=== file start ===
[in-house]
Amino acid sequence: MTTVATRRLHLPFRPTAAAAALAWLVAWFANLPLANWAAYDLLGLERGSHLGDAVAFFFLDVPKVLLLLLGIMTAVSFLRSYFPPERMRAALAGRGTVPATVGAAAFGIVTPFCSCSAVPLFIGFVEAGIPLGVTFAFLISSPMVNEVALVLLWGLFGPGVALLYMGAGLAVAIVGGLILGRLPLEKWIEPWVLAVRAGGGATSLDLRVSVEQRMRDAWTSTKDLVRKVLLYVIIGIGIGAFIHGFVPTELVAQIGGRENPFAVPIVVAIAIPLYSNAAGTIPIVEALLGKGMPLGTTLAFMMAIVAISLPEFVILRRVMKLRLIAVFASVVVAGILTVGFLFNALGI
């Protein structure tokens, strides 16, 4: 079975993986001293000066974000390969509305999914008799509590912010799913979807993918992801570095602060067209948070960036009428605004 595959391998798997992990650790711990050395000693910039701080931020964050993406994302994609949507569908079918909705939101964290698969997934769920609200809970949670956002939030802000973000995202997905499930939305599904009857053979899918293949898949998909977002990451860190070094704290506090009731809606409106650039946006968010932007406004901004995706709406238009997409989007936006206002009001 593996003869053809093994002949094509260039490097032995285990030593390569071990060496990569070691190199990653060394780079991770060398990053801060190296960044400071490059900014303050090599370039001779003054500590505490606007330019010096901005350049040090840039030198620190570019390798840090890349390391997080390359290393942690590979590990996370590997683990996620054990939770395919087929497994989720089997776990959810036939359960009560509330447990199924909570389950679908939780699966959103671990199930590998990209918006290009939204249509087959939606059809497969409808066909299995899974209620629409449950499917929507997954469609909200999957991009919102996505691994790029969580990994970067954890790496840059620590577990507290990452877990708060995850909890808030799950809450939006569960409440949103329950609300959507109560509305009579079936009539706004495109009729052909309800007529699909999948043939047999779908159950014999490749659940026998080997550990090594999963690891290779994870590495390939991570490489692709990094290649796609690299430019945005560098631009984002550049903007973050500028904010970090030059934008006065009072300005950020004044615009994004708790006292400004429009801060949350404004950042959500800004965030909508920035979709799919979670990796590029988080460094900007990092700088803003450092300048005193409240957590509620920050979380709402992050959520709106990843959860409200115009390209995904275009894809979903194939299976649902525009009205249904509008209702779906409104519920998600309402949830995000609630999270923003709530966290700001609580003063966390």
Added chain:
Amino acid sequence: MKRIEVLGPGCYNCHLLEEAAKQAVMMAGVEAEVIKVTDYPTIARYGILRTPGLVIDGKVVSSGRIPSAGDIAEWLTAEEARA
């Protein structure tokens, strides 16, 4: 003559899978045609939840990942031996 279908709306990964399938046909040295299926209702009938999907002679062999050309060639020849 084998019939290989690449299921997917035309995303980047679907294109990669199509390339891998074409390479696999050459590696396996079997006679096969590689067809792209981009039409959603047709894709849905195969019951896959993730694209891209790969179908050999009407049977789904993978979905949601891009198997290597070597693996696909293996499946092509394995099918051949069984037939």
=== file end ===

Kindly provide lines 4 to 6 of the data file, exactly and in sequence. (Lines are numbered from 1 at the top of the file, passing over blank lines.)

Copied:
Added chain:
Amino acid sequence: MKRIEVLGPGCYNCHLLEEAAKQAVMMAGVEAEVIKVTDYPTIARYGILRTPGLVIDGKVVSSGRIPSAGDIAEWLTAEEARA
């Protein structure tokens, strides 16, 4: 003559899978045609939840990942031996 279908709306990964399938046909040295299926209702009938999907002679062999050309060639020849 084998019939290989690449299921997917035309995303980047679907294109990669199509390339891998074409390479696999050459590696396996079997006679096969590689067809792209981009039409959603047709894709849905195969019951896959993730694209891209790969179908050999009407049977789904993978979905949601891009198997290597070597693996696909293996499946092509394995099918051949069984037939």